The grapes are harvested early October. It is an excellent value as it can be found for around $13.00. A regional fair dedicated to 'Falanghina' takes place every year at the end of September in Sant'Agata dei Goti, a good time of the year to visit Europe.

I could not find a good picture of the label so instead I chose a photo of the Cantina del Taburno's tasting room to illustrate this piece.

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Thinking of 'April in Paris'...Check Arnaud Frich photo gallery of the City of Lights

While on one of my explorations I discovered Arnaud Frich's photos and was especially enthused by his wonderful shots of the city of lights, Paris. The picture I showcase here is of Fontaine Medicis in the Jardin du Luxembourg. Fontainemedicis_1

I associate this place with the idea of a quiet walk and taking a breather on one of the park's benches to browse through a favorite book. Thanks to Arnaud Frich for allowing me to use his photos. Visit his site to see all 11 pages of photos he took of Paris.
This theme also connects neatly with one of my favorite jazz albums, April in Paris by Count Basie. So if you are thinking of what to do with your tax refund, a long week-end in Paris with your better half is a nice romantic getaway, these pictures might inspire you.

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'Viva Tequila' tells us how Tequila is made

Some of my best friends are bartenders and they can come up with some 'mean' drinks. Tequila is sometimes part of the mix and even though I rarely indulge in a cocktail, Viva Tequila taught me a few things about this liquor. Cabezas This picture of blue agave from which Tequila is made is part of a detailed piece by Ian Chadwick written in 2004.
I found out about 'Viva Tequila' on Coudal, always a good creative source.

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'Meerendal' Durbanville, Pinotage (2004/ South Africa) offers intense flavors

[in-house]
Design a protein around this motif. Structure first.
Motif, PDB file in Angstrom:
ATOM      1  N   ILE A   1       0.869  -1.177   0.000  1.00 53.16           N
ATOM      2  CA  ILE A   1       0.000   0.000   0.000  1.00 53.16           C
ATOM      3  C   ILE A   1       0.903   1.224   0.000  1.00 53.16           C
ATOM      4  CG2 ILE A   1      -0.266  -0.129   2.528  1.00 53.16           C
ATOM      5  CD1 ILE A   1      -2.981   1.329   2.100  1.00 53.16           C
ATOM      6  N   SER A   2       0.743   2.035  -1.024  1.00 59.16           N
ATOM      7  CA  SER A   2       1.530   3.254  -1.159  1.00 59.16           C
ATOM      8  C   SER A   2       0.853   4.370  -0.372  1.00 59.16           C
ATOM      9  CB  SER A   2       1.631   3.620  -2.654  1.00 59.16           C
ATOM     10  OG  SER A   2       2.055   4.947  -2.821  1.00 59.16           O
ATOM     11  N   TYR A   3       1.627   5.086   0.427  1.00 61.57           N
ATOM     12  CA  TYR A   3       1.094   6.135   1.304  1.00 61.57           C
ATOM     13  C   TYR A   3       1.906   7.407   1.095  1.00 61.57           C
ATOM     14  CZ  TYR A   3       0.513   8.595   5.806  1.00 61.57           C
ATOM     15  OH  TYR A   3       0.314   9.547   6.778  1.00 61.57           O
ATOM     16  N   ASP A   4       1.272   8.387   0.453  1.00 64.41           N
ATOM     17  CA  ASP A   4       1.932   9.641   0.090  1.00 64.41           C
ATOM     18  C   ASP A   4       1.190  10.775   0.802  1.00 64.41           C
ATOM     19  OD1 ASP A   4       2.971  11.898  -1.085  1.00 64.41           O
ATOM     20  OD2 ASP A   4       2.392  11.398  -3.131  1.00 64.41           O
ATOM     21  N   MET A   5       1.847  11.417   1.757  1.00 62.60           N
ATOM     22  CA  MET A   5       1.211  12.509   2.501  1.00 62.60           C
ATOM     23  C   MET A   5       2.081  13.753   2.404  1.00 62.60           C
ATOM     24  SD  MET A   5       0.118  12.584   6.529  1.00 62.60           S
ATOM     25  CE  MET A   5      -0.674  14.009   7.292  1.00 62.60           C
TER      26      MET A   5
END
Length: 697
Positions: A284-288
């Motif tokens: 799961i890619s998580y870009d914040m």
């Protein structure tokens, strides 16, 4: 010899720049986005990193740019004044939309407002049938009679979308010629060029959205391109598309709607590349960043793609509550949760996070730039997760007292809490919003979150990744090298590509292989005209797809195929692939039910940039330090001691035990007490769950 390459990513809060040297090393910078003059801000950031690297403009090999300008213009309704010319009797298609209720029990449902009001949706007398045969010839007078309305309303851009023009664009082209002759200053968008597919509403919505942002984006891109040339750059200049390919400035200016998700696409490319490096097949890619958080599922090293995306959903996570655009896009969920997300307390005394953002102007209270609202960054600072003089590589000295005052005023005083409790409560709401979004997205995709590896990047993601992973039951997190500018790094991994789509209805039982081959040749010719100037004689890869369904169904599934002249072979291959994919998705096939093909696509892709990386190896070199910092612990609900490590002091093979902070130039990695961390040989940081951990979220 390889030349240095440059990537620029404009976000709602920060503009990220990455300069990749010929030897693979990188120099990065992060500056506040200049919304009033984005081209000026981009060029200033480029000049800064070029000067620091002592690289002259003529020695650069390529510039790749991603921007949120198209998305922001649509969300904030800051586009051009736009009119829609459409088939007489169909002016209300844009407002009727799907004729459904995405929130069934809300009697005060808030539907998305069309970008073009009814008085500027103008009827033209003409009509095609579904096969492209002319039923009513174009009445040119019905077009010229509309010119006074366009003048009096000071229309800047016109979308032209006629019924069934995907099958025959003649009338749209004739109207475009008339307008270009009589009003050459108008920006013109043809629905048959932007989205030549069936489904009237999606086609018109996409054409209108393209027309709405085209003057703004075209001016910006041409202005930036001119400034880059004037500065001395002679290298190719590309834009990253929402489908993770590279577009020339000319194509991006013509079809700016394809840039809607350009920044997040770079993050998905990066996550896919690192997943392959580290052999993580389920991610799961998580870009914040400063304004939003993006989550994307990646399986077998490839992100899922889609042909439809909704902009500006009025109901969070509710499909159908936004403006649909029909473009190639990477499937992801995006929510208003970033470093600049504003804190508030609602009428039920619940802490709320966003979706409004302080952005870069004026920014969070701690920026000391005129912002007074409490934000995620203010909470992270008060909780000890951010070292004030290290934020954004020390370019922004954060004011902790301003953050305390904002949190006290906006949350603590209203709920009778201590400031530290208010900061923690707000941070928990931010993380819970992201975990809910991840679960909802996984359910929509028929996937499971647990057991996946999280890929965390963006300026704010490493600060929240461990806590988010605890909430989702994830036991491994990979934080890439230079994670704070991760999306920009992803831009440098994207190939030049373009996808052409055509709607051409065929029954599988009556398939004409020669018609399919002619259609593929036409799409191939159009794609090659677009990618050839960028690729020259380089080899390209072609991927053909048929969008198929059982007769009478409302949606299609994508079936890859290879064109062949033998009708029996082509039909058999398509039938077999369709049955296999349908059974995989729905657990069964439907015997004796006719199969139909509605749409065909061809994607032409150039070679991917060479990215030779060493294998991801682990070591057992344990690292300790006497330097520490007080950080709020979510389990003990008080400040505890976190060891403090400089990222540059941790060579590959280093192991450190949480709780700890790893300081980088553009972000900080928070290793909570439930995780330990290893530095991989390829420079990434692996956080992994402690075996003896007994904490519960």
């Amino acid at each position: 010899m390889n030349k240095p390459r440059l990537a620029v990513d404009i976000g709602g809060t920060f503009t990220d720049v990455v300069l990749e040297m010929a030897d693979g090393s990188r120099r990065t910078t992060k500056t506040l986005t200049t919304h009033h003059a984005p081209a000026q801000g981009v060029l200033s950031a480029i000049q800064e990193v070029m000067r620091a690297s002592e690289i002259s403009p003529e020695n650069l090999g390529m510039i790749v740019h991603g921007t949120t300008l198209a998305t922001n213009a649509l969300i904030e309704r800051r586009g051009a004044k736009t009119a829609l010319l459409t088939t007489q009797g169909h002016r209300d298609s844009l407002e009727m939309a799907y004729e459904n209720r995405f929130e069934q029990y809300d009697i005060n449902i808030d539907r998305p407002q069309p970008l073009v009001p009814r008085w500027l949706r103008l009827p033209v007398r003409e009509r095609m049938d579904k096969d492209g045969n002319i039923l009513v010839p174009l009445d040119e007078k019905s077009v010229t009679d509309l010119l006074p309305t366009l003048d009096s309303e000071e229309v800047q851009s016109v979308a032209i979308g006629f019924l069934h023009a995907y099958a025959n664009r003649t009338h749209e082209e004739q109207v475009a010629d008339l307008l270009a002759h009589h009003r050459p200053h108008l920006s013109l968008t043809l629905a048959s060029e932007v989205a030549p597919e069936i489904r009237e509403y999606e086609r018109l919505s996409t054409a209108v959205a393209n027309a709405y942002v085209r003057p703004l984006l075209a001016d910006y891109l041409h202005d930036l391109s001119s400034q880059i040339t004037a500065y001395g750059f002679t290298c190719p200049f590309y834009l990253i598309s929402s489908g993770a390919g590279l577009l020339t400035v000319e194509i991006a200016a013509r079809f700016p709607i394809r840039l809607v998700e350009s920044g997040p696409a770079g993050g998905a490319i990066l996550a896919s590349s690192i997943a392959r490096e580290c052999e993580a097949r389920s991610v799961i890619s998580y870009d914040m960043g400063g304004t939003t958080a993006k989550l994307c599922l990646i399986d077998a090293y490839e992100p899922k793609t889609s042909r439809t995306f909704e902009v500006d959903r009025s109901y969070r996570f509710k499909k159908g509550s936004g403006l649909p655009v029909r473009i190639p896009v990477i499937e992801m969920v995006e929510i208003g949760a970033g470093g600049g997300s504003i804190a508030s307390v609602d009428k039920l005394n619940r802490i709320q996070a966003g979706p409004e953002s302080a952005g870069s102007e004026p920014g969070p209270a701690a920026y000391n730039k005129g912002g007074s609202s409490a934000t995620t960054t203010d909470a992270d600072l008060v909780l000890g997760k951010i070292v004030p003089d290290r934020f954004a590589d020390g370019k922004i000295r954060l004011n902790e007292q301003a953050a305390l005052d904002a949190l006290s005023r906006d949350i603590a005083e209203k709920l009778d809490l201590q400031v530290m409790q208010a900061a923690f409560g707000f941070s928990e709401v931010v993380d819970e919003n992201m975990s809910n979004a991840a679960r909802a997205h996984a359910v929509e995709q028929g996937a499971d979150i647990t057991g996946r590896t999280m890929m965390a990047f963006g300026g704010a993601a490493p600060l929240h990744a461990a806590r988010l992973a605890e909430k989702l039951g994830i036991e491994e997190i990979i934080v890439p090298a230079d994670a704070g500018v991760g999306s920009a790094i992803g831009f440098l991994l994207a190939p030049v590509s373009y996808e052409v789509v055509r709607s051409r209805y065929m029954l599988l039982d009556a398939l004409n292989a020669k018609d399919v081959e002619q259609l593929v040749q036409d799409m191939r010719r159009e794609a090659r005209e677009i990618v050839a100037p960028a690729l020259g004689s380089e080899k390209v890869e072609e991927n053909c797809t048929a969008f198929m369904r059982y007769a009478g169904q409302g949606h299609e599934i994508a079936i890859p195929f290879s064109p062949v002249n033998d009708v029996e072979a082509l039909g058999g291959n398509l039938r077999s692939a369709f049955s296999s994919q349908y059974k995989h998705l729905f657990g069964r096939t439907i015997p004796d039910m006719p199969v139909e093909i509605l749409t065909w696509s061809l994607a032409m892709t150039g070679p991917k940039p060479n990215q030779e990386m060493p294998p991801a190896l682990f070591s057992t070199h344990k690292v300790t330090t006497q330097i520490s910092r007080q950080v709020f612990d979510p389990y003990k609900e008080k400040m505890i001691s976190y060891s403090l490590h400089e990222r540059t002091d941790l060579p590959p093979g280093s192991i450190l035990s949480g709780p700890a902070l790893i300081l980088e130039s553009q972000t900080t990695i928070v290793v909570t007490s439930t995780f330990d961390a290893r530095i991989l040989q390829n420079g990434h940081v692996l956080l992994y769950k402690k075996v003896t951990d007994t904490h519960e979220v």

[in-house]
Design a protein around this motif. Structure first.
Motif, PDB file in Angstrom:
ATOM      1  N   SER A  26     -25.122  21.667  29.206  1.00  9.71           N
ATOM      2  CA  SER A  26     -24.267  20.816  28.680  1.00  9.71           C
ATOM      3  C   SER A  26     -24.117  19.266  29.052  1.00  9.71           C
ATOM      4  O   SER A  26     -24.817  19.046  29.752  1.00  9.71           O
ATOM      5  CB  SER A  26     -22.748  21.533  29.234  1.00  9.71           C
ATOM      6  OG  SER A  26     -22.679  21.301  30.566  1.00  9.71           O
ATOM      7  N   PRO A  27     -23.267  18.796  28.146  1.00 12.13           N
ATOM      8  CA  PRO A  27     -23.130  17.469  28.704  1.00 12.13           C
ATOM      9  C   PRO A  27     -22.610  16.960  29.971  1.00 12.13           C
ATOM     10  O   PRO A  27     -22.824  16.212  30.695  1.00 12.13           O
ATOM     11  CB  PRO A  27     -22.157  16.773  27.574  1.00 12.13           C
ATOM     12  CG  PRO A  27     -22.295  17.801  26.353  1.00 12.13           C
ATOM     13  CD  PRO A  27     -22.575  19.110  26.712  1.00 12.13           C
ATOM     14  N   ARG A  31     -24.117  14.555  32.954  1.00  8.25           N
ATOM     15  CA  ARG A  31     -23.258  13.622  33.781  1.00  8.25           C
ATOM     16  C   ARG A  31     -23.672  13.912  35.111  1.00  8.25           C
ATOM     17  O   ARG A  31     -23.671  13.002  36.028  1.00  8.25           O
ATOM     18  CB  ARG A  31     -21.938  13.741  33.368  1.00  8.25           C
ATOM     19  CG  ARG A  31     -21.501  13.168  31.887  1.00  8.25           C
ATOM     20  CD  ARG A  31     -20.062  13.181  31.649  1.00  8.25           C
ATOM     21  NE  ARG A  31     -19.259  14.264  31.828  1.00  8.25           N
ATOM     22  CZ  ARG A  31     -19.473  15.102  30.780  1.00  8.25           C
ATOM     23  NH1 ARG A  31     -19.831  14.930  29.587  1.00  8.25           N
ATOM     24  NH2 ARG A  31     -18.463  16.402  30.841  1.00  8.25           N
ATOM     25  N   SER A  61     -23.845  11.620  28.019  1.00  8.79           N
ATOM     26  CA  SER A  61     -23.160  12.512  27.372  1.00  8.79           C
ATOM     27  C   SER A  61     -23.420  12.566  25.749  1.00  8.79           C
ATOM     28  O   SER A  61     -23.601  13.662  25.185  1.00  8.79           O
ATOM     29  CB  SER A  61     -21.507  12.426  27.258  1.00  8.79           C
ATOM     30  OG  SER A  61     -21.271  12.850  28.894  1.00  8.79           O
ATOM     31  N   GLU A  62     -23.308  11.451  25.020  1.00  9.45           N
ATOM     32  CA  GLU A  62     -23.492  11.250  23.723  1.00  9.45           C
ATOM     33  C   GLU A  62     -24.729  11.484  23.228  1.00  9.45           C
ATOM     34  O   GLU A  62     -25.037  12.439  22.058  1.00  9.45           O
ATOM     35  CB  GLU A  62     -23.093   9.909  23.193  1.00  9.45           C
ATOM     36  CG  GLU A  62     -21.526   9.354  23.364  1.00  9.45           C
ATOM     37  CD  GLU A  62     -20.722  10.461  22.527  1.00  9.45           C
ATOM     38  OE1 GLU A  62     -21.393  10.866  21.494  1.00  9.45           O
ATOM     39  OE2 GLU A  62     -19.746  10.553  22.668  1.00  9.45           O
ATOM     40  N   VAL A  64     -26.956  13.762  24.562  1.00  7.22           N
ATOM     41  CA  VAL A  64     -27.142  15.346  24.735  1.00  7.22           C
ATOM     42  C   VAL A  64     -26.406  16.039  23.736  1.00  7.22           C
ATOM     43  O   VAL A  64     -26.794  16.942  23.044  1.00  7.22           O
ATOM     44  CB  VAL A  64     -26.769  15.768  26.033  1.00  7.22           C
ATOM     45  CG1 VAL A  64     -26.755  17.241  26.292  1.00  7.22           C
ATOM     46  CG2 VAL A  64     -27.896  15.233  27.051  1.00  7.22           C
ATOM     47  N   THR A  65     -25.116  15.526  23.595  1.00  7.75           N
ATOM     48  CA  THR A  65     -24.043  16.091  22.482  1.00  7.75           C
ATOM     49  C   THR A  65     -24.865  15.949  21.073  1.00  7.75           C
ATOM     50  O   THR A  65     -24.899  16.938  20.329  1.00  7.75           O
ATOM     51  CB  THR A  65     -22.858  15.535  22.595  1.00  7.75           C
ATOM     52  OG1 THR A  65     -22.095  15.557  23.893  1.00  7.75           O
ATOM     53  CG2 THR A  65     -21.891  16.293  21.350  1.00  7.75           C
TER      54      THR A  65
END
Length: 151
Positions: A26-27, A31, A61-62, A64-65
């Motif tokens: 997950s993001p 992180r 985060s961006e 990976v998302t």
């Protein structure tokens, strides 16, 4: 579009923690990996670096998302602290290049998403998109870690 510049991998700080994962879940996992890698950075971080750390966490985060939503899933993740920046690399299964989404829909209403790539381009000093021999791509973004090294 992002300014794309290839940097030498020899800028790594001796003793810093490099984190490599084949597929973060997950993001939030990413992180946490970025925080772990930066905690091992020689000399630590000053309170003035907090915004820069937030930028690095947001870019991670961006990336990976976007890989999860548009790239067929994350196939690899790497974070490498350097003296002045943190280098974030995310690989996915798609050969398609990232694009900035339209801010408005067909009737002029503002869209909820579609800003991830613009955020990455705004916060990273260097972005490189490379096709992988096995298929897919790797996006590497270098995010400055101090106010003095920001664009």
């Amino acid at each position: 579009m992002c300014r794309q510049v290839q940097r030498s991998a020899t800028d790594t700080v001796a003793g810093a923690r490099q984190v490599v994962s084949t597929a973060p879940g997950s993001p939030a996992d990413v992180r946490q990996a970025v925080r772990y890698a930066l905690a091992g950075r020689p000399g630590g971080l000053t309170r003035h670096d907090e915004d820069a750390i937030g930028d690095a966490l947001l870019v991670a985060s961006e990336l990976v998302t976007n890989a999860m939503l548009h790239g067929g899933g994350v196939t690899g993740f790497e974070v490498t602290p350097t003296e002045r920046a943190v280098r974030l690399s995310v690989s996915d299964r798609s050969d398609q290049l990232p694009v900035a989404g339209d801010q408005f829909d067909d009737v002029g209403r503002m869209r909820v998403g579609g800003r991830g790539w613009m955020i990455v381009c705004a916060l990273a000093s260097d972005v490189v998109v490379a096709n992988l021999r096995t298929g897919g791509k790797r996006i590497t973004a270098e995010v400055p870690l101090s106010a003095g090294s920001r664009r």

It is always a treat to discover a wine that surprises and intrigues you. The 'Meerendal' Durbanville Pinotage (2004) from South Africa did just that. Pinotage The Estate was founded in 1702. This red wine displays tobacco, chocolate and wood flavors. Because of its character I recommend it as a good food wine. It worked well with barbecue chicken and Roomkaas Gouda cheese.

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Going Abroad...Fodor's Travel Wire provides Tips on Car Rental, Etiquette and more

When I plan a trip, I always look for useful advice that might save me time and most important, headaches. Fodor's Travel Wire provides very useful help on how best to rent a car, clothing, etiquette and more while traveling abroad. Not to forget, they also list a number of bargain flights and packages.
My personal approach to travel is when I get to my destination, I try to find places frequented by the locals. It gives you a more authentic experience. Walking around and sometimes getting lost brings a sense of discovery.

"Career Intensity' (David Lorenzo) a good read if you suffer from work dread

Visiting In Bubble Wrap today for some enlightenment, I discovered Career Intensity by David Lorenzo. The book Careerintensity will be published in May. As Mr. Bubble Wrap himself puts it it could be called 'Stop working for the week-end'. How do we channel our energy and passion(s) into work that we enjoy, is productive and financially rewarding, that is the question?

It could all be about growing by learning everyday.